The times they are a changing. Especially within the tech industry, it is becoming increasingly important to be aware of what goes into making a good product. Product designers come in many forms. UI & UX designers, graphic designers, data scientists, business analysts they all serve as part of the product design team. They are here to help you identify, investigate, and validate the problem, and ultimately craft, design, test and ship the solution. In startups especially, where a beautiful and user friendly product could be the difference between a successful or a failed model, the importance of product design is all the more important.
So, who other than the head of product design at a product we all use, and is ubiquitous is every way, to share insights on this dynamic and all important function in a tech company. Think of all the cool recent Facebook features like video calling, filter profile photos, the recent minor but important change in the Facebook logo, the “search features” in times of crisis and he’s the man behind all of it. Luke Woods, head of product design at Facebook, and ex-IdEO, shares the 3 important lessons he’s learnt while designing at Facebook.
1. Be Bold
When you’re making a product you can take a more bold or a more cautious approach. There are benefits to both and each can be the right approach for a particular situation. When designing for over 1 billion people there’s a risk of becoming overly cautious. What if I make a mistake and it affects so many people? I look at this differently. Because we have such an important mission and reach such a large community we have a special opportunity to make big changes happen. And if we’re not bold then our community might miss out.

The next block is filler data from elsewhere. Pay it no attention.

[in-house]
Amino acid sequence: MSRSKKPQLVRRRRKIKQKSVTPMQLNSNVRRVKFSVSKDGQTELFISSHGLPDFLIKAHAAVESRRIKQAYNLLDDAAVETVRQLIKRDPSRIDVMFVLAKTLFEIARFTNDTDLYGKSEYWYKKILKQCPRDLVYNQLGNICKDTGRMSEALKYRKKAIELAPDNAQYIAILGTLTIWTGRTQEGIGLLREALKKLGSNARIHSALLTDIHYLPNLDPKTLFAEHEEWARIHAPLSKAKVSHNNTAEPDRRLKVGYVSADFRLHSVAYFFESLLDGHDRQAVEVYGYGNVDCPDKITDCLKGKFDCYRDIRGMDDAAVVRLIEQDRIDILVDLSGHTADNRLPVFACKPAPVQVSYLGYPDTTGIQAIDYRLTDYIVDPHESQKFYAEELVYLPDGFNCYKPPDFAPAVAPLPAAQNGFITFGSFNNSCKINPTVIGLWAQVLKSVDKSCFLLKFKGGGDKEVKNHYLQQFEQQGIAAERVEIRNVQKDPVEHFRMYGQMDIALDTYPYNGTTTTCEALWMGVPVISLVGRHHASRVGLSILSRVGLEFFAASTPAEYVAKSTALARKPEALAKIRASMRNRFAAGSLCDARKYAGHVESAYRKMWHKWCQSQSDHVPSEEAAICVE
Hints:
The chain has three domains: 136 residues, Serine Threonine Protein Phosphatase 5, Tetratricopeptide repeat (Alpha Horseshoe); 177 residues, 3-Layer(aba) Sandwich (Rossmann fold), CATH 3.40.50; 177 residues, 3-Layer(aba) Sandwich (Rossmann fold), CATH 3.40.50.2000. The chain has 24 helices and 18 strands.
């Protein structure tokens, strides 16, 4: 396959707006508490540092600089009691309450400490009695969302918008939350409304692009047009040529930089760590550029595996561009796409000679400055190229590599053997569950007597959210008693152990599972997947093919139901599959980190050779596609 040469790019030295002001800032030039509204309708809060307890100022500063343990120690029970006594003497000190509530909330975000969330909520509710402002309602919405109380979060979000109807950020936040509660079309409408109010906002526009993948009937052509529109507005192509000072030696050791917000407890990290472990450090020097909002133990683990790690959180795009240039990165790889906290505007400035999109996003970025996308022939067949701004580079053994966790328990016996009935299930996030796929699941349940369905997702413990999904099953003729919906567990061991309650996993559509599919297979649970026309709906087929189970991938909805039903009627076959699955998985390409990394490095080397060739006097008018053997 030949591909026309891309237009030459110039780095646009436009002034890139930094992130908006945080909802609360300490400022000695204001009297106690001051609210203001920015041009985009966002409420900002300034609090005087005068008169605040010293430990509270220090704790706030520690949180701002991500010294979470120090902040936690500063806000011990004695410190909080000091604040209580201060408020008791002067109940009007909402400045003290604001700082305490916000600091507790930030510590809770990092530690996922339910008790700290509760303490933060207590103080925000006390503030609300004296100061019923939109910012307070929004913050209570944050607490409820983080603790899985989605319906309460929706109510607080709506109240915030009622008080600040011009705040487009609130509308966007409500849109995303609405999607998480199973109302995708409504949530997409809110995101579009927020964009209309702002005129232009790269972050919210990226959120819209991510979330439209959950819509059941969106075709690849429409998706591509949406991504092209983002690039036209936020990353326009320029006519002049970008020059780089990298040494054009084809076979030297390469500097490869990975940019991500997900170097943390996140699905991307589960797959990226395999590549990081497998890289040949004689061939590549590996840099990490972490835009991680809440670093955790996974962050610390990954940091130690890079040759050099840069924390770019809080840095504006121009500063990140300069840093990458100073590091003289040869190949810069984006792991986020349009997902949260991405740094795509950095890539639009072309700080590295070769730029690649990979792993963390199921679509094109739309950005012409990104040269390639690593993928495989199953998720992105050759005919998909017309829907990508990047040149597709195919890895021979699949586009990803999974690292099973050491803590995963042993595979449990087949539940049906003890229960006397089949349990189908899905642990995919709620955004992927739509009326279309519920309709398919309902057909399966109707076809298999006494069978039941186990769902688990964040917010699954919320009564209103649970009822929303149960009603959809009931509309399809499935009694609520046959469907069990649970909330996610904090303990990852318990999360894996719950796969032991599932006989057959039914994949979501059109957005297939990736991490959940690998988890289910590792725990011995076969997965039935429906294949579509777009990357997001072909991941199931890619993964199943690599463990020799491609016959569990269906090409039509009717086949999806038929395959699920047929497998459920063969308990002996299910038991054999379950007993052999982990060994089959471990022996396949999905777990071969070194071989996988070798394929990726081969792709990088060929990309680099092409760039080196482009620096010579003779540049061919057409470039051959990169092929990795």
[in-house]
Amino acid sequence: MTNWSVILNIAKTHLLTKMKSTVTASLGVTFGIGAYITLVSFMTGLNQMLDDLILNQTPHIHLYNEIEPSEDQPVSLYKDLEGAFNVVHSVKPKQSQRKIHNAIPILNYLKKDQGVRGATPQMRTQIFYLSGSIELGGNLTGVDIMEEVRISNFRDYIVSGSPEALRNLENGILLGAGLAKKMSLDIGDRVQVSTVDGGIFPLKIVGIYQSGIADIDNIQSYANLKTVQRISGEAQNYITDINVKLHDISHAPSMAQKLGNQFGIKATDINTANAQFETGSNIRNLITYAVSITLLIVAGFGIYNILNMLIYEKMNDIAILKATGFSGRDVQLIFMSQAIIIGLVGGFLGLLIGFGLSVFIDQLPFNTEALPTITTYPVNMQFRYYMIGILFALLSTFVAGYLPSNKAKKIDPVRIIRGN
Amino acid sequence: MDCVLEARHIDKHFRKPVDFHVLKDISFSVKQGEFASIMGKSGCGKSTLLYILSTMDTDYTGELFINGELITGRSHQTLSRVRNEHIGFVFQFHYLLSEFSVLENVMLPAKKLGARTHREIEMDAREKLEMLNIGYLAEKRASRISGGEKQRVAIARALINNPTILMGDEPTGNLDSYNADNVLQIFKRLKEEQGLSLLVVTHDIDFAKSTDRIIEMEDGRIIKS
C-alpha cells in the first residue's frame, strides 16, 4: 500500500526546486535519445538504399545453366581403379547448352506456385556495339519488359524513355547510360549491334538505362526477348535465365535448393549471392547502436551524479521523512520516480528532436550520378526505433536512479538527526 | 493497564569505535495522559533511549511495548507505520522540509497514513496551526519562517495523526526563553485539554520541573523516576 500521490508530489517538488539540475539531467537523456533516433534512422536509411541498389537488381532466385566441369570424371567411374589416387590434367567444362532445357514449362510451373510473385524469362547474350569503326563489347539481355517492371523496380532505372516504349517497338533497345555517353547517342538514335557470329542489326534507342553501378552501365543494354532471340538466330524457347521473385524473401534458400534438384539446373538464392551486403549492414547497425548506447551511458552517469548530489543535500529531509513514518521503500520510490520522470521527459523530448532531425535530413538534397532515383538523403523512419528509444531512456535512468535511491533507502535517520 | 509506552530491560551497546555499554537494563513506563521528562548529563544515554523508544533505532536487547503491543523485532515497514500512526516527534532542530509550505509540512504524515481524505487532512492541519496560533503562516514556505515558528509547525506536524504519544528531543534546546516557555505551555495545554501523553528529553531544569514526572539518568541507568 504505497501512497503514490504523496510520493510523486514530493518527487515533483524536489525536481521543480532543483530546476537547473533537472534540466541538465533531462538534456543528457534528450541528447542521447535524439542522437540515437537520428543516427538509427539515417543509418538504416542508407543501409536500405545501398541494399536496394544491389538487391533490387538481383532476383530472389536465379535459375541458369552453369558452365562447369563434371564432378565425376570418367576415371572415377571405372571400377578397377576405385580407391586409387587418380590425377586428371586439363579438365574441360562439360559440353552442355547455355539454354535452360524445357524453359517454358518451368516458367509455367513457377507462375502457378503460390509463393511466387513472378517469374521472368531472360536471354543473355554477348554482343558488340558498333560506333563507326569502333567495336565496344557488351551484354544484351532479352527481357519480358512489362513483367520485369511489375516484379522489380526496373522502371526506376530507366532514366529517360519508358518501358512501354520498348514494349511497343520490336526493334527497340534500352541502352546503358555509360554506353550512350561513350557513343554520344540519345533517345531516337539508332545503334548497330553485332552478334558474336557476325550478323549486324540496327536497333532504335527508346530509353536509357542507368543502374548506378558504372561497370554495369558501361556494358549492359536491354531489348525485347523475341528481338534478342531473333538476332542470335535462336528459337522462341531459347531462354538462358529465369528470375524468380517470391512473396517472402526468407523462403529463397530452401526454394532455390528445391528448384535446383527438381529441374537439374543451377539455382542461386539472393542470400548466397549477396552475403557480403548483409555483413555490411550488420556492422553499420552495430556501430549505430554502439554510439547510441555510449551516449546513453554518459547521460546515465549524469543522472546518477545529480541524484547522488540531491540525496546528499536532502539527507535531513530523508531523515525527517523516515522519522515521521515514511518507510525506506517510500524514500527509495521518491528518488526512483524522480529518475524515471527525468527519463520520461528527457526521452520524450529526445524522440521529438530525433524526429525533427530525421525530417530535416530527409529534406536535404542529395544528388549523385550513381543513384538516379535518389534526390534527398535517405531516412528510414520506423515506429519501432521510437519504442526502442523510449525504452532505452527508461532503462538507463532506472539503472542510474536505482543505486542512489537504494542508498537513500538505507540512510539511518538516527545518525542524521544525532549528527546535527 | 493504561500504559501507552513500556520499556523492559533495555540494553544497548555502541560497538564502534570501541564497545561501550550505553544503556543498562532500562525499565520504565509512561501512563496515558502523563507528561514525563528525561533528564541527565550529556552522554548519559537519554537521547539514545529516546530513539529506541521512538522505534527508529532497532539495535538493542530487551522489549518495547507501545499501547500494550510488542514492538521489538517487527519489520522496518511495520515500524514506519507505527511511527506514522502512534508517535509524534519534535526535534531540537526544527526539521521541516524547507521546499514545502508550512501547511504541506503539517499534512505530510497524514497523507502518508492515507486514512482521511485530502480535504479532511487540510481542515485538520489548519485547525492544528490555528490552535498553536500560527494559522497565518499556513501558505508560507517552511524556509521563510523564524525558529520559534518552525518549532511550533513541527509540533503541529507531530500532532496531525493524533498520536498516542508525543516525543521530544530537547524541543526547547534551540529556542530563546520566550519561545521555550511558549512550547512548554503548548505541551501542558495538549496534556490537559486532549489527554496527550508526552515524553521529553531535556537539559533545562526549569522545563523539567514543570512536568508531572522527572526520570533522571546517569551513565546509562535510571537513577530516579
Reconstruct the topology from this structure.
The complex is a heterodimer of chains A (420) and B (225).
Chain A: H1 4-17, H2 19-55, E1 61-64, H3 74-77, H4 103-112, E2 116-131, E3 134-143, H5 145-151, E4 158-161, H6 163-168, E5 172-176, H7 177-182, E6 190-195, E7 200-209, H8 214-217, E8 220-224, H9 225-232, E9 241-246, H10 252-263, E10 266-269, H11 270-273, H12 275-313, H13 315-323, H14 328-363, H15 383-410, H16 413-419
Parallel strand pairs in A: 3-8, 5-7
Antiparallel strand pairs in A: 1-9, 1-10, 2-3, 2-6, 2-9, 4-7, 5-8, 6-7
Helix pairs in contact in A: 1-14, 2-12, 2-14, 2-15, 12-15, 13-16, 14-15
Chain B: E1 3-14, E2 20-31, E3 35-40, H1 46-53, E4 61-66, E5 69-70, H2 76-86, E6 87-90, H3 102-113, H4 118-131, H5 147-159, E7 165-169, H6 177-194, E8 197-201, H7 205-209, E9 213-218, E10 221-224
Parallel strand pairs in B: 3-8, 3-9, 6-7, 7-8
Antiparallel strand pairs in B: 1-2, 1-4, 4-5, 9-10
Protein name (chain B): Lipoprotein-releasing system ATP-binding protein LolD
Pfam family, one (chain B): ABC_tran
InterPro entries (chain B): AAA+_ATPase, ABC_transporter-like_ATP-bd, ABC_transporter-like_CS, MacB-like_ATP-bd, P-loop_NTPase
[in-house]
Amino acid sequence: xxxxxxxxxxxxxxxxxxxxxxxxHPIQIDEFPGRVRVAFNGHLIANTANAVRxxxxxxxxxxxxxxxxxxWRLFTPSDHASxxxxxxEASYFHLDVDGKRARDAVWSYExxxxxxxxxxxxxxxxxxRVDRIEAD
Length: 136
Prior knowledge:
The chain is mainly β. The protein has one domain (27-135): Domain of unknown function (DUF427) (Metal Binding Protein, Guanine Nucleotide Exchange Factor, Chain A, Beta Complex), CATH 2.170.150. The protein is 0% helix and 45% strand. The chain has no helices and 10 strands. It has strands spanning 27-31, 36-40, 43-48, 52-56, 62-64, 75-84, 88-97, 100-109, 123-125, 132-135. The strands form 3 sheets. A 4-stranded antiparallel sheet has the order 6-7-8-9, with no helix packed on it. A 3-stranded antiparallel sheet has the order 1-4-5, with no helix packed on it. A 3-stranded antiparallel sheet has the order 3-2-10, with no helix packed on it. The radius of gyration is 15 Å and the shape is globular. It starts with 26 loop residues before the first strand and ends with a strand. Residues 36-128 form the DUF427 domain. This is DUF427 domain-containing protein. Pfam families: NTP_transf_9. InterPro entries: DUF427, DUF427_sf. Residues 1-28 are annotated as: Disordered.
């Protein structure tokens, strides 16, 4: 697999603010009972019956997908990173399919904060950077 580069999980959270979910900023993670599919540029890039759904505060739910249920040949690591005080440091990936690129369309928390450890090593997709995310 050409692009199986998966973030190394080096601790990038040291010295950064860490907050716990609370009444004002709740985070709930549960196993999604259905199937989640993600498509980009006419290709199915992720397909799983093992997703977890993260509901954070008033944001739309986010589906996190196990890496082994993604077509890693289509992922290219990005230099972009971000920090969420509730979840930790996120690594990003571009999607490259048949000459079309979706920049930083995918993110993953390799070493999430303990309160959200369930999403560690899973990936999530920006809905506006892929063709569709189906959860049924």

2. Data improves design
Sometimes people think of data and design as in conflict with one another. I don’t see it that way. I see data, testing and analytics as an exciting new resource for designers. We can learn more about how the products we make are really working for people now than ever before. Embrace data in your design process and you’ll be able to ship better products.
3. Products are never finished
When making a physical product there’s a clear state of completion when the designs are sent into production or the product hits the shelves. When making digital products we’re really never finished. Many of the things I’ve designed have already changed—and always for the better. The things that haven’t changed in as noticeable ways can always be improved to work better for people in different contexts — say on networks with low bandwidth and intermittent connectivity. People’s expectations also keep changing as technology changes and as new products come to market. That’s one of the reasons we say that out journey is only 1% finished at Facebook.
Here’s another great resource for getting more insights on the design process at Facebook.